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This article is part of the supplement: Nineteenth Annual Computational Neuroscience Meeting: CNS*2010

Open Access Poster Presentation

General form of learning algorithms for neuromorphic hardware implementation

Anatoli Gorchetchnikov1*, Massimiliano Versace1, Heather M Ames1, Ben Chandler1, Arash Yazdanbakhsh1, Jasmin Léveillé1, Ennio Mingolla1 and Greg Snider2

Author Affiliations

1 Department of Cognitive and Neural Systems, Boston University, Boston, MA 02215, USA

2 HP Labs, Palo Alto, CA 94304, USA

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BMC Neuroscience 2010, 11(Suppl 1):P91  doi:10.1186/1471-2202-11-S1-P91


The electronic version of this article is the complete one and can be found online at: http://www.biomedcentral.com/1471-2202/11/S1/P91


Published:20 July 2010

© 2010 Gorchetchnikov et al; licensee BioMed Central Ltd.

Poster Presentation

The DARPA Systems of Neuromorphic Adaptive Plastic Scalable Electronics (SyNAPSE) initiative aims to create a new generation of high-density, low-power consumption chips capable of replicating adaptive and intelligent behavior observed in animals. To ensure fast speed, low power consumption, and parallel learning in billions of synapses, the learning laws that govern the adaptive behavior must be implemented in hardware. Over the past decades, multitudes of learning laws have been proposed in the literature to explain how neural activity shapes synaptic connections to support adaptive behavior. In order to implement as many of these laws as possible on the hardware, some general and easily parameterized form of learning law has to be designed and implemented on the chip. Such a general form would allow instantiation of multiple learning laws through different parameterizations without rewiring the hardware.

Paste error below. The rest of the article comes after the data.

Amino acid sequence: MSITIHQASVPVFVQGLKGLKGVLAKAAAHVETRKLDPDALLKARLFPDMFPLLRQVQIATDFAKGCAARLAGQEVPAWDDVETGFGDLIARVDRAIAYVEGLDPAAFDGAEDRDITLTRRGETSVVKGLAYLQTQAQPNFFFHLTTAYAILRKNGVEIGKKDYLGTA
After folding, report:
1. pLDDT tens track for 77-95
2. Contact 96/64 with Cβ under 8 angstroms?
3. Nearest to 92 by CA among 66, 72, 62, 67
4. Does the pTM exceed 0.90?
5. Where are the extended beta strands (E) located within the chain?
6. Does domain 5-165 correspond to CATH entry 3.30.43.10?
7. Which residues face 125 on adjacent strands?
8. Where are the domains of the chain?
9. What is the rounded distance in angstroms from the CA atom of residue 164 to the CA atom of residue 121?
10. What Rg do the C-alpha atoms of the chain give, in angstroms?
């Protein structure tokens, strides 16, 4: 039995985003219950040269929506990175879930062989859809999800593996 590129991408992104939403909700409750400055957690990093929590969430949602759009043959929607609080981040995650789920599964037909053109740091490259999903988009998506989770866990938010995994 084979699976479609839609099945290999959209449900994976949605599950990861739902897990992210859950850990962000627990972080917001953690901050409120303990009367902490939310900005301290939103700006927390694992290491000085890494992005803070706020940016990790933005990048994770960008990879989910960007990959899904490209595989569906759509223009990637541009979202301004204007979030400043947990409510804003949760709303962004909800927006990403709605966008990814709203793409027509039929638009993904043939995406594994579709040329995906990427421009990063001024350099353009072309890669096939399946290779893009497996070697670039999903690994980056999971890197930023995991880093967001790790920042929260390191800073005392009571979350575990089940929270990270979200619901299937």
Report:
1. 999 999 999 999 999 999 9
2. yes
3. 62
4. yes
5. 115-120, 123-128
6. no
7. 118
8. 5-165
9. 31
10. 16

From the perspectives of usefulness, stability, homeostatic properties, and spatial and temporal locality, this project analyzes four categories of existing learning rules:

1. Hebb rule derivatives with various methods for gating learning and decay;

2. Threshold rule variations including the covariance and BCM families;

3. Error-based learning rules; and

4. Reinforcement rules

For each individual category a general form that can be implemented in hardware was derived. Even more general forms that include multiple categories are further suggested.

Acknowledgements

AG, MV, HMA, BC, AY, JL and EM were partially supported by CELEST, an NSF Science of Learning Center [SBE-0354378]. AG, MV, HMA, BC, EM, and GS were partially supported by the SyNAPSE program of the Defense Advanced Research Project Agency [HR001109-03-0001]. BC was partially supported by the National Science Foundation’s IGERT Program [DGE-0221680].